What LinkedIn’s most desired employers all have in common

Angus Kidman 24 June 2016


What binds the 25 Australian companies that do the best job at keeping their staff happy?

Each year, business social network LinkedIn ranks what it calls "top attractors": the companies which do the best job of attracting and retaining talented workers. Here are the top 25 companies for Australia, along with the number of employees that organisation has:

2PwC6,000 (AU)
3Commonwealth Bank52,000
7Qantas Airways31,000
9UGL Limited7,000
10CPB Contractors18,000
11Origin Energy6,000
12Virgin Australia9,400
15Macquarie Group14,000
17REA Group1,400
18Bank of Queensland2,000
23Suncorp Group14,500

It's an interesting mix, with three of the Big Four banks, both major domestic airlines and the two biggest supermarket chains all jostling for spots. Consultancies and engineering firms are also prominent.

Looking at the comments these employers made to LinkedIn (which is being acquired by Microsoft right now) about their inclusion in the list highlights some common factors. They make sure they offer a flexible and friendly working environment, offering options such as variable work hours, the ability to contribute to community initiatives and a wide range of challenging projects. There are two evident trends looking at that list.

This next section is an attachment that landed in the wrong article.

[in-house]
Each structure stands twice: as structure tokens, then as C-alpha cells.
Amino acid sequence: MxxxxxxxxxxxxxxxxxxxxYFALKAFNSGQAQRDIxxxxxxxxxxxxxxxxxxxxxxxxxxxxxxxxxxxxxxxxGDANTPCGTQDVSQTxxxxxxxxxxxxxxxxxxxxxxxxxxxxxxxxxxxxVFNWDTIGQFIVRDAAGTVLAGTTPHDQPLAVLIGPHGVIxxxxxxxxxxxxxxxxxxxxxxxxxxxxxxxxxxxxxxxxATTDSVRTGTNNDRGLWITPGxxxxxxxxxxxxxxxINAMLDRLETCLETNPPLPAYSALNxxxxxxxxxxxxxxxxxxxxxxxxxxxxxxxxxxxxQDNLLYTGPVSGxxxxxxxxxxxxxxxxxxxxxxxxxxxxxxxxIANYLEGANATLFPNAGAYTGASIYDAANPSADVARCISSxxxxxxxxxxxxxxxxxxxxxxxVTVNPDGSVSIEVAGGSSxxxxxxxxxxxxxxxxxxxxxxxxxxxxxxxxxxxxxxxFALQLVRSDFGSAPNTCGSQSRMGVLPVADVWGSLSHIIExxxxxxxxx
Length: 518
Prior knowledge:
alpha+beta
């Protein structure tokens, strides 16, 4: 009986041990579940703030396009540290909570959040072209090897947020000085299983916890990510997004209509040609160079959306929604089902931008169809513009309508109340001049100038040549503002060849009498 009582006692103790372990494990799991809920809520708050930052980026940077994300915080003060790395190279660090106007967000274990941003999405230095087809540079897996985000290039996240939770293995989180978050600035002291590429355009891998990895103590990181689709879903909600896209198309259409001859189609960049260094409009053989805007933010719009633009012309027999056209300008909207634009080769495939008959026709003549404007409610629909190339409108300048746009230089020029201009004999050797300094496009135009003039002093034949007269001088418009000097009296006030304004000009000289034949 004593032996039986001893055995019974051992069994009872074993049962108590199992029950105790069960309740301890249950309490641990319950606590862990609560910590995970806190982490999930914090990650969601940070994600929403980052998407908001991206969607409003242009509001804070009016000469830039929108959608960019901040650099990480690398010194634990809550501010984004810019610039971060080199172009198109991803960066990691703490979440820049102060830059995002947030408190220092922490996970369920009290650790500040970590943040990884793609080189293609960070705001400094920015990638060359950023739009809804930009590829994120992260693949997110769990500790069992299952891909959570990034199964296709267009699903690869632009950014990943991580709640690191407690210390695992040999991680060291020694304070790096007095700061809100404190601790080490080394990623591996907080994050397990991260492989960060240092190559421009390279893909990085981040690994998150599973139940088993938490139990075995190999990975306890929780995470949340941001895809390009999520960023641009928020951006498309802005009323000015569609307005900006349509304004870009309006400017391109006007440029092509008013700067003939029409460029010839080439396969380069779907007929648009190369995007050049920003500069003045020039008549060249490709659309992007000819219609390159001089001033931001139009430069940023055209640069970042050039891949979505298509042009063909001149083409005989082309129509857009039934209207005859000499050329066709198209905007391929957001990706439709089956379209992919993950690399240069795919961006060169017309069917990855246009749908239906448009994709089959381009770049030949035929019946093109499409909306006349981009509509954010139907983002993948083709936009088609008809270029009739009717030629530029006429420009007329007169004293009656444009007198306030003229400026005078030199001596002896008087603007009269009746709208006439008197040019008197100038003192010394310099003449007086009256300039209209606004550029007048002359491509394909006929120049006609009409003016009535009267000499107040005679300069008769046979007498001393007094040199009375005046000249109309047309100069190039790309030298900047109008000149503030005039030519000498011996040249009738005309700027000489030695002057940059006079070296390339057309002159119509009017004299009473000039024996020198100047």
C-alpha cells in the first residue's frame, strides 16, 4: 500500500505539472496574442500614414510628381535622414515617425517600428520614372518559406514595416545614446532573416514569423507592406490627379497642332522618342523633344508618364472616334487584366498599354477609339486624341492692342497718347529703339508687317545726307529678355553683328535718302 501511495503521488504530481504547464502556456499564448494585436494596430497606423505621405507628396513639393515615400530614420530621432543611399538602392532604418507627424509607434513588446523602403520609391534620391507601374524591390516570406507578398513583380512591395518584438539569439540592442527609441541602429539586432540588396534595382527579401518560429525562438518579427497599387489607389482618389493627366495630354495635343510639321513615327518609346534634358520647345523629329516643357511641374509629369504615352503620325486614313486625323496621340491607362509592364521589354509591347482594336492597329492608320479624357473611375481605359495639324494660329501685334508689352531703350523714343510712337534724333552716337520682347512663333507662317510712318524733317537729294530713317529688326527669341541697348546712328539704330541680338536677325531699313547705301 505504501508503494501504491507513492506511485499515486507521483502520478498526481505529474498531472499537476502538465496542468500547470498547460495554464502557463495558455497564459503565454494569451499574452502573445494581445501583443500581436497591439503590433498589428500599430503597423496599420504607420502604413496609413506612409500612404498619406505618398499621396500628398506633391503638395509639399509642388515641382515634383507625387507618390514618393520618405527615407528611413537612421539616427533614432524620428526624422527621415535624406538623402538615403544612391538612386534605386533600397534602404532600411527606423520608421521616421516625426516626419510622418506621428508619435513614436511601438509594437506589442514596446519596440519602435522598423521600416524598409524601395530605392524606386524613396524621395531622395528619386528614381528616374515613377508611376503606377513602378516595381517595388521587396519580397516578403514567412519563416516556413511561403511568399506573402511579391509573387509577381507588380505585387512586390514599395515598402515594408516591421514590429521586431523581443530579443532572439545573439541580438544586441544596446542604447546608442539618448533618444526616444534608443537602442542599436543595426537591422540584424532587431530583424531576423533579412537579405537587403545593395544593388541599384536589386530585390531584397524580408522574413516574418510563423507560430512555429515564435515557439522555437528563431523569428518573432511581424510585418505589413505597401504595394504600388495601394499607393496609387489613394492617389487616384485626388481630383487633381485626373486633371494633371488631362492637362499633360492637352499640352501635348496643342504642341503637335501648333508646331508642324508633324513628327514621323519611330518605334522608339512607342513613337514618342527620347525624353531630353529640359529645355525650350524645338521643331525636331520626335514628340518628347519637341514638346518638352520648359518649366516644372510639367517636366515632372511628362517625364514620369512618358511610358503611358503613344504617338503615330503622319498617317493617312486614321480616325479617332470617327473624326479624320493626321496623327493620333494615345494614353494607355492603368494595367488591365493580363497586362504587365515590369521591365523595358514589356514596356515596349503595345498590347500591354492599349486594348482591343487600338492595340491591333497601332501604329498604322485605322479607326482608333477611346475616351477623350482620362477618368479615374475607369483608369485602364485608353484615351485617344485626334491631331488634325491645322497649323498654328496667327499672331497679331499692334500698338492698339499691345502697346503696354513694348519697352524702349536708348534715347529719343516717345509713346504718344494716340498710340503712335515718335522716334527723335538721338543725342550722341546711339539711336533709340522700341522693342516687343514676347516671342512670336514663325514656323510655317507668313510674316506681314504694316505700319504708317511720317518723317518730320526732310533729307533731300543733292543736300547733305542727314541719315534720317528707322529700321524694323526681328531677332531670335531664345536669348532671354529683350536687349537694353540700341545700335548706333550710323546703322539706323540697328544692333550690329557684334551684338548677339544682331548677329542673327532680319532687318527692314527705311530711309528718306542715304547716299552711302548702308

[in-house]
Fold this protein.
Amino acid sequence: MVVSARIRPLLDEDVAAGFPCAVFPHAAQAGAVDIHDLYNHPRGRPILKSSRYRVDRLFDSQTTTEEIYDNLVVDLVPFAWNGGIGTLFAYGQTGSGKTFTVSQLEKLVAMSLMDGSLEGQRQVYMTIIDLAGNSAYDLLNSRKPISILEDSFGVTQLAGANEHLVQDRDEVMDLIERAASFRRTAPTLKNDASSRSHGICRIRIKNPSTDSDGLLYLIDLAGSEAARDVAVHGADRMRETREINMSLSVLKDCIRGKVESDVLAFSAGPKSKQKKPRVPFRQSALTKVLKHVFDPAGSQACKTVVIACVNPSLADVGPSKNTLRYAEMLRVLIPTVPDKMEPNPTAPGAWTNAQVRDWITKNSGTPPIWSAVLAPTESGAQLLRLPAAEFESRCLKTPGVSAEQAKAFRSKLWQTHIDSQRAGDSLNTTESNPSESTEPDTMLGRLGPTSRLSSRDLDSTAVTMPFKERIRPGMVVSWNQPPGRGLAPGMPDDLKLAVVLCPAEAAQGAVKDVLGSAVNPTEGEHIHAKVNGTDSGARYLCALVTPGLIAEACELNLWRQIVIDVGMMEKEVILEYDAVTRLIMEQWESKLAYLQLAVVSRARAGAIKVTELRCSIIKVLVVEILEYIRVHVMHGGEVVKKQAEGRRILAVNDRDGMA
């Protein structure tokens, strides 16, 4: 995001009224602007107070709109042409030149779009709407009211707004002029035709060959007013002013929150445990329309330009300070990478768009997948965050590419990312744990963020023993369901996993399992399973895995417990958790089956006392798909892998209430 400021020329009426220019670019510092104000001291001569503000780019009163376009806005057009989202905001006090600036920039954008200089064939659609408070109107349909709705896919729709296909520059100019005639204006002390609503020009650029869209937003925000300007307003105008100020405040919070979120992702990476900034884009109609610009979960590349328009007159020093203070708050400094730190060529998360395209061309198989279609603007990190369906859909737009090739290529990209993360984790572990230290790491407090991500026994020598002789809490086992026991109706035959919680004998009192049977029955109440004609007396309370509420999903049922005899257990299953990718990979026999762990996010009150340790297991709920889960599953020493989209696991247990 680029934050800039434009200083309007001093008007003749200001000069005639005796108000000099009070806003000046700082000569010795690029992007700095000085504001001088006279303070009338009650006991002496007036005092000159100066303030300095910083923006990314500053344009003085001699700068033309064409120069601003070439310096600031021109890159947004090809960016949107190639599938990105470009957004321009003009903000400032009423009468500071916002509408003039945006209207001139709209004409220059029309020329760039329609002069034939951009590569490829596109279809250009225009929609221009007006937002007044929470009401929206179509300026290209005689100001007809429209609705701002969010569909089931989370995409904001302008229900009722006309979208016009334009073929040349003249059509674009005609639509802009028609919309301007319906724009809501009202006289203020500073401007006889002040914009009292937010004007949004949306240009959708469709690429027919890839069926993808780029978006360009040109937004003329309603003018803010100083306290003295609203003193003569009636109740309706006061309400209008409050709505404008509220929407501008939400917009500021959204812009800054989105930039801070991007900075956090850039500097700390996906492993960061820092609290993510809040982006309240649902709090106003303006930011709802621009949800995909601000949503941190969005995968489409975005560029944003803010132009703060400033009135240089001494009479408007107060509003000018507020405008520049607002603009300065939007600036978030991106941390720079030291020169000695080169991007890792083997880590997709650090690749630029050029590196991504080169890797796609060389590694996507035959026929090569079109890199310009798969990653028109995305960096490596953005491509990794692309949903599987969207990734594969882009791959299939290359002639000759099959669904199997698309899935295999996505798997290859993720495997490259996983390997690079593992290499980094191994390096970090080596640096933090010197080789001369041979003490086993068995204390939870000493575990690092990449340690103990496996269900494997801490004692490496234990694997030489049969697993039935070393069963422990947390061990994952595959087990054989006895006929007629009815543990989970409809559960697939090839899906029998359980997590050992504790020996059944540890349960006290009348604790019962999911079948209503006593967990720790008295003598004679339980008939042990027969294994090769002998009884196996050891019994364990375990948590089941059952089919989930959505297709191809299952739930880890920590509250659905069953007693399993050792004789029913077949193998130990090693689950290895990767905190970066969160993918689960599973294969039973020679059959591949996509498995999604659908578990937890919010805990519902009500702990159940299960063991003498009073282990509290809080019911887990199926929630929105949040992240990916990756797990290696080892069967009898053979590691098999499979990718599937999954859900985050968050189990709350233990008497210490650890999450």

Firstly, bigger companies have more scope for flexibility. While LinkedIn didn't analyse any companies with less than 500 staff, the smallest number of employees in the top 25 is REA Group, with 1,400 workers. Scale evidently offers greater possibilities for staff to take on new challenges.

Secondly, the upper part of the list is dominated by consultancies, which have greater scope to measure staff performance based on defined outcomes rather than simply hours on the job, and which can also find it easier to offer flexible working arrangements as a result. That's not universally the case, of course; the presence of airlines on the list shows that even jobs with a very fixed roster can be satisfying.

We shouldn't pretend that basics such as remuneration aren't important as well. No-one wants to be impoverished. Australian salaries are still growing, but right now that's happening at a much slower rate. But assuming you're being paid decently, those non-financial benefits can make a big difference when you're deciding whether to stay put or look for another role.

Angus Kidman's Findings column looks at new developments and research that help you save money, make wise decisions and enjoy your life more. It appears Monday through Friday on finder.com.au.

Picture: drpnncpptak / Shutterstock.com

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